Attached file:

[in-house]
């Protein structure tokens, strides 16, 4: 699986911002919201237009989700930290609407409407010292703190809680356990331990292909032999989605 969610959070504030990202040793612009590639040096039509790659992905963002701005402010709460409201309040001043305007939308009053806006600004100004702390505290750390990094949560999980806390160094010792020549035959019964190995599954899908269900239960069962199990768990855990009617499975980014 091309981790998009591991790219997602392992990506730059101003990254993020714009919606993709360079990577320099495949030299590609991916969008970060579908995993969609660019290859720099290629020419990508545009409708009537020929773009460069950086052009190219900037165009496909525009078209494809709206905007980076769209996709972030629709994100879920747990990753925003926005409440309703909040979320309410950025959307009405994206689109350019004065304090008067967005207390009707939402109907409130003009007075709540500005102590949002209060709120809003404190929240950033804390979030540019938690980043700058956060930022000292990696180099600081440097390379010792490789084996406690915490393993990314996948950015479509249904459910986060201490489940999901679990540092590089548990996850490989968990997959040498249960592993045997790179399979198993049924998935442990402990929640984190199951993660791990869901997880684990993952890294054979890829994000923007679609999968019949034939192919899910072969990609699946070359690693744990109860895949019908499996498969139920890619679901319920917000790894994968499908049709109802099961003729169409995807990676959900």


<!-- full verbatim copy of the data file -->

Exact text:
[in-house]
């Protein structure tokens, strides 16, 4: 699986911002919201237009989700930290609407409407010292703190809680356990331990292909032999989605 969610959070504030990202040793612009590639040096039509790659992905963002701005402010709460409201309040001043305007939308009053806006600004100004702390505290750390990094949560999980806390160094010792020549035959019964190995599954899908269900239960069962199990768990855990009617499975980014 091309981790998009591991790219997602392992990506730059101003990254993020714009919606993709360079990577320099495949030299590609991916969008970060579908995993969609660019290859720099290629020419990508545009409708009537020929773009460069950086052009190219900037165009496909525009078209494809709206905007980076769209996709972030629709994100879920747990990753925003926005409440309703909040979320309410950025959307009405994206689109350019004065304090008067967005207390009707939402109907409130003009007075709540500005102590949002209060709120809003404190929240950033804390979030540019938690980043700058956060930022000292990696180099600081440097390379010792490789084996406690915490393993990314996948950015479509249904459910986060201490489940999901679990540092590089548990996850490989968990997959040498249960592993045997790179399979198993049924998935442990402990929640984190199951993660791990869901997880684990993952890294054979890829994000923007679609999968019949034939192919899910072969990609699946070359690693744990109860895949019908499996498969139920890619679901319920917000790894994968499908049709109802099961003729169409995807990676959900």